Cryptology ePrint Archive: Report 2021/670

AOT: Anonymization by Oblivious Transfer

Farid Javani and Alan T. Sherman

Abstract: We introduce AOT, an anonymous communication system based on mix network architecture that uses oblivious transfer (OT) to deliver messages. Using OT to deliver messages helps AOT resist blending (n−1) attacks and helps AOT preserve receiver anonymity, even if a covert adversary controls all nodes in AOT. AOT comprises three levels of nodes, where nodes at each level perform a different function and can scale horizontally. The sender encrypts their payload and a tag, derived from a secret shared between the sender and receiver, with the public key of a Level-2 node and sends them to a Level-1 node. On a public bulletin board, Level-3 nodes publish tags associated with messages ready to be retrieved. Each receiver checks the bulletin board, identifies tags, and receives the associated messages using OT. A receiver can receive their messages even if the receiver is offline when messages are ready. Through what we call a "handshake" process, communicants can use the AOT protocol to establish shared secrets anonymously. Users play an active role in contributing to the unlinkability of messages: periodically, users initiate requests to AOT to receive dummy messages, such that an adversary cannot distinguish real and dummy requests.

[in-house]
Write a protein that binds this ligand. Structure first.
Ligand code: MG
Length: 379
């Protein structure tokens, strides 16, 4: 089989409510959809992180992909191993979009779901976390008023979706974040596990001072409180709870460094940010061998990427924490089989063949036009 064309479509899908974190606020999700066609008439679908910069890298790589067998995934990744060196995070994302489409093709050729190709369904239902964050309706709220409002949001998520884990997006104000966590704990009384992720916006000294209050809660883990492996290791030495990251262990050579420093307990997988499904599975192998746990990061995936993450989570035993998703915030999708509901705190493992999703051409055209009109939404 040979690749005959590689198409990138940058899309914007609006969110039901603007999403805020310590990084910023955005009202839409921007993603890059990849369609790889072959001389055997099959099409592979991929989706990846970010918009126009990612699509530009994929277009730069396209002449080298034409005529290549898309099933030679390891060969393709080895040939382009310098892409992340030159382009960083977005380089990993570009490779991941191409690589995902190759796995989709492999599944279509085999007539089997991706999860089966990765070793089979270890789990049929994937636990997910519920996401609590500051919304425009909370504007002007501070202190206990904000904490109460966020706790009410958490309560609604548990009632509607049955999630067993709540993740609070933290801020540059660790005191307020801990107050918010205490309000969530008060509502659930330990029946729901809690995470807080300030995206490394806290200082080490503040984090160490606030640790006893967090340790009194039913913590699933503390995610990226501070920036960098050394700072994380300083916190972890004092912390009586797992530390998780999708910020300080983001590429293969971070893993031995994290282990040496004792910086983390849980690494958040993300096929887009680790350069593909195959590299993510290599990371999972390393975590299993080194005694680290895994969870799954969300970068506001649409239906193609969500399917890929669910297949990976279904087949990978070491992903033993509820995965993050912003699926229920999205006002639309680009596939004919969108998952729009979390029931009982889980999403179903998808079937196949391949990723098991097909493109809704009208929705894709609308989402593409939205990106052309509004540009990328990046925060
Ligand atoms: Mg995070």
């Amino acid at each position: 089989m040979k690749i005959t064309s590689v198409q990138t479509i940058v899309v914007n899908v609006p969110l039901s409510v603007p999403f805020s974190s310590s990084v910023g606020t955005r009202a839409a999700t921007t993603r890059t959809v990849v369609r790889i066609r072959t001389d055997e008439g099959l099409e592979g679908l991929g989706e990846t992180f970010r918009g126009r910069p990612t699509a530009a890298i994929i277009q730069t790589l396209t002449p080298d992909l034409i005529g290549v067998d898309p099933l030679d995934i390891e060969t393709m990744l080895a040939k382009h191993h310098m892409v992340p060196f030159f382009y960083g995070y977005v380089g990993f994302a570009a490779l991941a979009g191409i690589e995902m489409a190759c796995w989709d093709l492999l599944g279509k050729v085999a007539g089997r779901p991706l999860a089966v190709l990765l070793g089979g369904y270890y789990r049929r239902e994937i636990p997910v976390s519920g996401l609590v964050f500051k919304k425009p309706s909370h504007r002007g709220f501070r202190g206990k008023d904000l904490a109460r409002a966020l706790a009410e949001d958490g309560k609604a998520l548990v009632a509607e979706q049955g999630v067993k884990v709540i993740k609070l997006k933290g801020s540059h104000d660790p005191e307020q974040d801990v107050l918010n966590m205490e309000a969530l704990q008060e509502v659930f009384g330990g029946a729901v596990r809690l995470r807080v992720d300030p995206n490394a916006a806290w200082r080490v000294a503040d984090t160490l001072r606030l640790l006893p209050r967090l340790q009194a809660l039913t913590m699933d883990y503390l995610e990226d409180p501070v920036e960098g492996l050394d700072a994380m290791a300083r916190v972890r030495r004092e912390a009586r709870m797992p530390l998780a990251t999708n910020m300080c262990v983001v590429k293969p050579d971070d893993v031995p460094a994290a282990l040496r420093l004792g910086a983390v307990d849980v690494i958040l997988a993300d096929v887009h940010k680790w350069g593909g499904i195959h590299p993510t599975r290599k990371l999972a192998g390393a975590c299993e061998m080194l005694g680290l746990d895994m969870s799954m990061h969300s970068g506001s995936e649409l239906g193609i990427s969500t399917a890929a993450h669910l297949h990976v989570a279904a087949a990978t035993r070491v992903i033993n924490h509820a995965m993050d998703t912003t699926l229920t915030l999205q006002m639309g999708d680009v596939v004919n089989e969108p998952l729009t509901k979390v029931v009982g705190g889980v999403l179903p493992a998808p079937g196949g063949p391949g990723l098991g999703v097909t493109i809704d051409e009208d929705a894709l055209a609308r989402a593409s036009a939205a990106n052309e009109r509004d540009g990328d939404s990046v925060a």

Category / Keywords: cryptographic protocols / Anonymous communication, anonymous secret sharing, blending attack, mixnets, oblivious transfer

Date: received 22 May 2021

Contact author: javani1 at umbc edu, sherman at umbc edu

Available format(s): PDF | BibTeX Citation

Version: 20210525:070739 (All versions of this report)

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